The world of work is evolving rapidly and the companies that understand the changes that this brings will be the winners of the future.
The way organisations think about how employees are engaged with the aims of the organisation has changed radically in the last 50 years after remaining essentially static for the industrial age and the agrarian age that preceded it.
Meat, Team and Mate
This shift is best summed up by the anagrams Meat, Team and Mate.
The prevailing post war management philosophy, much influenced by the experience of marshalling large volumes of troops in two world wars, was that employees were essentially `meat` – unthinking resources that had to be commanded to complete tasks that were set out for them. This approach reached its zenith with the US production-line economy of the 1950s.
Human battery farming
By the 1970s, and as the baby boomers entered the workforce, some companies and societies had become concerned both by the effect that this form of human battery farming was having on the workforce and its impact on innovation. Consequently they moved towards `team` – based structures.
Meanwhile, as what has been termed Generation X reached working age, political, economic and technological change was breaking the paternalistic `job for life` bargain that underpinned the attitudes of the `meat` and early `team` generations.
As the new century dawned, levels of education and awareness continued to climb, connectivity became pervasive, new media emerged, newly powerful BRIC economies changed an increasingly volatile global economy with higher amounts of total value being delivered through service.
The `mate` generation
This had a fundamental effect on the attitudes of what is known as Generation Y who were entering the workforce – and the age of individualism arrived. As work became what you do rather than where you go, a new socially-connected breed of worker emerged motivated by relationships both with their colleagues and the organisations they worked for. They considered themselves subservient to no one but equal to everyone – in reality the `mate` generation had arrived.
The fact is that despite widespread automation organisations remained built around the same, very powerful tools – human beings. But the way that leading organisations untap their latent potential has changed. The reality is people are largely motivated by working in a positive, sociable environment, but each person has their own `hot buttons` and want to be treated as individuals. This has created a whole new set of HR challenges.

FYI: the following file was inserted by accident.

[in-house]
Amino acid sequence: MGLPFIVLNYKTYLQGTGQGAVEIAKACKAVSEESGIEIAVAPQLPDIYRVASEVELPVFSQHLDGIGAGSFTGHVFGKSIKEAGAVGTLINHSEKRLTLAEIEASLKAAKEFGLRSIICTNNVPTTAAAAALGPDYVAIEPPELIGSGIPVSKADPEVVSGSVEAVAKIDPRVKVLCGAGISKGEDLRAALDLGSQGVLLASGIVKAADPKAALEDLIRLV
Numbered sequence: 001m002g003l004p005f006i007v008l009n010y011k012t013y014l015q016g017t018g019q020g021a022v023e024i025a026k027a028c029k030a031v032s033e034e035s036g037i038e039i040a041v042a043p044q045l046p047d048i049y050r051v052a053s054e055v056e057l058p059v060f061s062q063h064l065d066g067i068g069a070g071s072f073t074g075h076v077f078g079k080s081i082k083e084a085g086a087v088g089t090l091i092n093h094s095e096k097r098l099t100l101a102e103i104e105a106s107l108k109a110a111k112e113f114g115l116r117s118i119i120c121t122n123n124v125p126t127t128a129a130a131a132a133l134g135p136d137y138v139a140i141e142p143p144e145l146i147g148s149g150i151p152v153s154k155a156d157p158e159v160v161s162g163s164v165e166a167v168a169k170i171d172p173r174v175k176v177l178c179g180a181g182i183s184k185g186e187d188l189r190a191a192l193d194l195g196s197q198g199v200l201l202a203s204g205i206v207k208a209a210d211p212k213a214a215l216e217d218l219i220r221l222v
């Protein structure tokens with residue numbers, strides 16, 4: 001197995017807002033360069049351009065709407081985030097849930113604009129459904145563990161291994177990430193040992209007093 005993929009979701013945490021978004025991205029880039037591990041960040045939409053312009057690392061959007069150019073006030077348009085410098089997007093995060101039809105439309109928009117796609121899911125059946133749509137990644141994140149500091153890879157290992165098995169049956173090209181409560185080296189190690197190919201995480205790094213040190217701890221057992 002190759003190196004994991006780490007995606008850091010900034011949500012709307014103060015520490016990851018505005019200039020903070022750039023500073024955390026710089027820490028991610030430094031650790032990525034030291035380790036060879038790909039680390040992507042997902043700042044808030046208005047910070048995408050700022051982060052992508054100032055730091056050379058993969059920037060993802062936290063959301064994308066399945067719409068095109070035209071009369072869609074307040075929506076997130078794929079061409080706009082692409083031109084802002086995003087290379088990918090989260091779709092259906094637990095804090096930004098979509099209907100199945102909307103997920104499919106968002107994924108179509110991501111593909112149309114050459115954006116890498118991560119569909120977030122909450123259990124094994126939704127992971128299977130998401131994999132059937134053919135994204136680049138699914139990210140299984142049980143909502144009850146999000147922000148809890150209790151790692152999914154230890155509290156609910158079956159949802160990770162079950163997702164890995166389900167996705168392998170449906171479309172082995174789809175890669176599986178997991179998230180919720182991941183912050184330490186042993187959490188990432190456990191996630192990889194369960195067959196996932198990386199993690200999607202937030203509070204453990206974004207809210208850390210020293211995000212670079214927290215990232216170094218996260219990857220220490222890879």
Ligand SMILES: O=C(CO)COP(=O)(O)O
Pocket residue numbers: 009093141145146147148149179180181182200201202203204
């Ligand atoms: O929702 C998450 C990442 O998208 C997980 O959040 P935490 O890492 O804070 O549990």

The age of individualism
The age of individualism has highlighted the individual complexities of humans. Ensuring effective and efficient teamwork in this new age requires a more intuitive approach to HR management.
Businesses must devote attention to the intricacies of human behaviour and take advantage of them, incentivising reinforcing and rewarding positive behaviour as opposed to simply imposing processes and expecting employees to blindly conform. As each employee has become a 'market of one` constant, evolving dialogue is critical in ensuring that individuals are motivated in the workplace and driven to excel.
Building on the 'Connected Enterprise'
In the journey from `meat to mate` information systems and applications too have evolved, moving from mainframe-based automation of existing manufacturing processes, to PC-based business administration systems and ultimately to the opportunity to create people-focused socially-connected productivity applications delivered through the cloud.
We are seeing a number of trends drive the latter and enabling behavioural change, in particular, BYOD, Social Applications, Big Data and Analytics, and Gamification.
BYOD, and particularly mobile device support, is allowing employees to be engaged anywhere, anytime – constantly connected with familiar devices in the way that suits them. Social Applications enable individuals to connect and collaborate across all levels of the organisation, instantly and transparently.
Big Data and Analytics offers the ability to better understand current employee behaviour, spot broken processes, set a baseline from which progress can be measured and target finely-tuned coaching. Gamification enables organisations to nudge employees in a positive, engaging, rewarding and fun way to engage them and drive best practice behaviours.
Keeping it fresh
But any leader will tell you that changing behaviour is a constant process of re-enforcement until new habits become the norm. Stop the process of re-enforcement and behaviours will soon return to original type. So to bring continual improvement to life and give it longevity, organisations and their outsourced experts need to combine these technology assets with expertise – best practice game content and marketing collateral that keep games fresh – reviewing and refining both technology and content to keep employees 100% engaged.
Now is the right time to ensure that organisations capitalise on the opportunity of the upturn, but with the skills gap set to widen, even in times of recovery, it will be crucial for organisations to engage their employees as individuals and imbue the term `work mate` with true meaning.